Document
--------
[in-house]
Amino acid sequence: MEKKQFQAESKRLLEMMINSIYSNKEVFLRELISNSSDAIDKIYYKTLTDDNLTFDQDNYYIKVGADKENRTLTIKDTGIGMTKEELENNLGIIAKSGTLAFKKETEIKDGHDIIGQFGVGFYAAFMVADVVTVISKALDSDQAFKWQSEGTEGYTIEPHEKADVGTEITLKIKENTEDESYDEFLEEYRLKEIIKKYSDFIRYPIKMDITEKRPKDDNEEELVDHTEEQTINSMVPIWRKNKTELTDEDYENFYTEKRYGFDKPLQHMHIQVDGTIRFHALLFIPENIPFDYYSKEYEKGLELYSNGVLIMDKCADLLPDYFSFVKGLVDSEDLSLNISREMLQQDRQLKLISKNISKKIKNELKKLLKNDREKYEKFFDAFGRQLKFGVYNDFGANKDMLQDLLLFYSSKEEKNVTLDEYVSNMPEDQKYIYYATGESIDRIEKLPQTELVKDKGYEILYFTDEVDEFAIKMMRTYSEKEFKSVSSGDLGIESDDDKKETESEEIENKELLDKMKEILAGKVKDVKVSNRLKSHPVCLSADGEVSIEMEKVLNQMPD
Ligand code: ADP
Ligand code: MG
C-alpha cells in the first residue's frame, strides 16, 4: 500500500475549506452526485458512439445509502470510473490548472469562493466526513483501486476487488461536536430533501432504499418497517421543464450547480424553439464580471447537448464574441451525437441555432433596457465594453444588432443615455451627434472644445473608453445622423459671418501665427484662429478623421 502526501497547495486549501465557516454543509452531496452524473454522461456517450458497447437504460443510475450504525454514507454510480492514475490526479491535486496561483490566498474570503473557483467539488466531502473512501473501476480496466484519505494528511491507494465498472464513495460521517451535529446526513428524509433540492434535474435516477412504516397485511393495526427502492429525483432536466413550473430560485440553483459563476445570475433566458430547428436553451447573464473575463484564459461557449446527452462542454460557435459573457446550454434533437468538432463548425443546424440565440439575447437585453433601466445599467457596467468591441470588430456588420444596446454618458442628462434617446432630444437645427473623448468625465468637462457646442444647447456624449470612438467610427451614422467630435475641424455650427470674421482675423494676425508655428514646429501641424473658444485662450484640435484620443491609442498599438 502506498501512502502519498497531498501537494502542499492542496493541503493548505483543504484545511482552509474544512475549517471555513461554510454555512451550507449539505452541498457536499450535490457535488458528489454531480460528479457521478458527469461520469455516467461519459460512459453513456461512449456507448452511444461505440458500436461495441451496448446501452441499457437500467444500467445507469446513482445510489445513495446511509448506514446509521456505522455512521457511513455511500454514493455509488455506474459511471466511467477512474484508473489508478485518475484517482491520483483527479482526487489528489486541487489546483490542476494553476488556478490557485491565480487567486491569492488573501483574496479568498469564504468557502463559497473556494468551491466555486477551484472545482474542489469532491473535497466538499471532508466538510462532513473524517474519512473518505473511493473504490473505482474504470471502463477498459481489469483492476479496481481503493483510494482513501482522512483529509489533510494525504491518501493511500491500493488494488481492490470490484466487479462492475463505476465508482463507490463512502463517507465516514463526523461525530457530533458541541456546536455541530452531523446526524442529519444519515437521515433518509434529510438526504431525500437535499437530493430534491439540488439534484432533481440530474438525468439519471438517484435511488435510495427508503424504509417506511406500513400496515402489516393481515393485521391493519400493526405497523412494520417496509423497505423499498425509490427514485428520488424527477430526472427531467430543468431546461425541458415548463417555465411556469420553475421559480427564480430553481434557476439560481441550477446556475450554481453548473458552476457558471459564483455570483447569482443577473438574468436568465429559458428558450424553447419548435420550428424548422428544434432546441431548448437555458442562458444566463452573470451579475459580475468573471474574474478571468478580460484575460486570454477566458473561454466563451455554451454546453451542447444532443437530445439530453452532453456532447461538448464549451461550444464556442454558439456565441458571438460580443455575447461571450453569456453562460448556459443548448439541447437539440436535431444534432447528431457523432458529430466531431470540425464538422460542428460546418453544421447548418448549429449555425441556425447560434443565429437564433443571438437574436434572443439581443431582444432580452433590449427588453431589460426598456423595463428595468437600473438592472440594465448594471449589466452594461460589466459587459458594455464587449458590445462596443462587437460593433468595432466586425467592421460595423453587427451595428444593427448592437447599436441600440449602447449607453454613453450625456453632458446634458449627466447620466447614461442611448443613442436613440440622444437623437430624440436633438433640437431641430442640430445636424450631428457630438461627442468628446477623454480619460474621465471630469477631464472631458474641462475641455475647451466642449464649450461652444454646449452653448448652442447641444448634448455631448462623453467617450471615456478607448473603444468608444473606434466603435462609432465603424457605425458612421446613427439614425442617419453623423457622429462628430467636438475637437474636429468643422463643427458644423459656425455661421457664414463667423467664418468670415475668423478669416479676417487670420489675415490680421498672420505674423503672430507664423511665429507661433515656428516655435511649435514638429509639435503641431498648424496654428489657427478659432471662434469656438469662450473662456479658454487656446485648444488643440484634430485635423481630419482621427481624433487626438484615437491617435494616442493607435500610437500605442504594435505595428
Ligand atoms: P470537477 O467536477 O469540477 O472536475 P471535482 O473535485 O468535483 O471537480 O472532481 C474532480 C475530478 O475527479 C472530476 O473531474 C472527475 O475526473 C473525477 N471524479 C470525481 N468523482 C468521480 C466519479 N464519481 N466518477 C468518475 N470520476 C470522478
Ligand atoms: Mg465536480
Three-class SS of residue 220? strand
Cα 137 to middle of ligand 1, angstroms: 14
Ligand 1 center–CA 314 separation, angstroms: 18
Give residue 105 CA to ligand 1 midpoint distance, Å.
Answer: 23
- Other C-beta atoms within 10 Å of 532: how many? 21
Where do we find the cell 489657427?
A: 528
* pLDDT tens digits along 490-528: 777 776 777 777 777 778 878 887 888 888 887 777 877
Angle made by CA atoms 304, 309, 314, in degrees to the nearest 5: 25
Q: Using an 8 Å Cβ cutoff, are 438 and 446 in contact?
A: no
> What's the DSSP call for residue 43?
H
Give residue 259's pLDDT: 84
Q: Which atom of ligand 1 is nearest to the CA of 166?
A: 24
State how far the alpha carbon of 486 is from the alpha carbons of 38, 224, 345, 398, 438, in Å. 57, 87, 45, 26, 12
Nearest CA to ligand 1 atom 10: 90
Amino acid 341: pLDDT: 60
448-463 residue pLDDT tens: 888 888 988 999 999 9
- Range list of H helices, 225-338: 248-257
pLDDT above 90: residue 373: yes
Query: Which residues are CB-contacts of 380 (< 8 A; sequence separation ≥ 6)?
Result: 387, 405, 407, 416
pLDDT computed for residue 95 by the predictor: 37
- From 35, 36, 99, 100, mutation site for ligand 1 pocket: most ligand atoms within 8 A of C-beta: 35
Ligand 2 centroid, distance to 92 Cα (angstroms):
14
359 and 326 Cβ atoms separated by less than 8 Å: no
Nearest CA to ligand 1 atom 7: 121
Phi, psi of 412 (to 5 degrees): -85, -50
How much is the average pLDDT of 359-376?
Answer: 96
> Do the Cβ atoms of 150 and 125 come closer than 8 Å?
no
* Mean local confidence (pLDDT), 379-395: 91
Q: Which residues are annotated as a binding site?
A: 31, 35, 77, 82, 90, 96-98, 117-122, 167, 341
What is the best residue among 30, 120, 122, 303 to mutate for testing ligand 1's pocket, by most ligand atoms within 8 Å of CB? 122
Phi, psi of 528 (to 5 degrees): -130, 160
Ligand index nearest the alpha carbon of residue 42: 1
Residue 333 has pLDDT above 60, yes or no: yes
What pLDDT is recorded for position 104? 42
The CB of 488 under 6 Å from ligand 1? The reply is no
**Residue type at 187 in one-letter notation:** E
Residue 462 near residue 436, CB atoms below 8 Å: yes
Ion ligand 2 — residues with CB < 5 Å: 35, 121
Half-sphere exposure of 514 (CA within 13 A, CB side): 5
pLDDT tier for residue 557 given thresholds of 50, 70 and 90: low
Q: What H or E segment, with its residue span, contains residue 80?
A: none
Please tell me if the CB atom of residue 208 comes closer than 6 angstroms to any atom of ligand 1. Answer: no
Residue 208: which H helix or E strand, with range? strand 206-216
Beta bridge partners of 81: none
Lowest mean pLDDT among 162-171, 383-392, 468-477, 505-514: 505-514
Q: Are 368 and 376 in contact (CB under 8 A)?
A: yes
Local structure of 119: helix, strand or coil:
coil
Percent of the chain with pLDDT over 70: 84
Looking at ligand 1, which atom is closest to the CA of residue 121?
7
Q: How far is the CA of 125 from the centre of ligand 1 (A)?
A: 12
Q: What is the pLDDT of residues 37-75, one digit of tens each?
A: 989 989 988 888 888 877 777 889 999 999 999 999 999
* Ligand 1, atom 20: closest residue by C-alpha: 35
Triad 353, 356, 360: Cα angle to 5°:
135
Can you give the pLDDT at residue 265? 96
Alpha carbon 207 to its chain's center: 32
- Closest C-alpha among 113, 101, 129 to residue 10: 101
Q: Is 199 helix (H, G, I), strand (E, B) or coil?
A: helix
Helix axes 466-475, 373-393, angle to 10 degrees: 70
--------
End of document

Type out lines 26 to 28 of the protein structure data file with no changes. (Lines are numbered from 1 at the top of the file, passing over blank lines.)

Nearest CA to ligand 1 atom 10: 90
Amino acid 341: pLDDT: 60
448-463 residue pLDDT tens: 888 888 988 999 999 9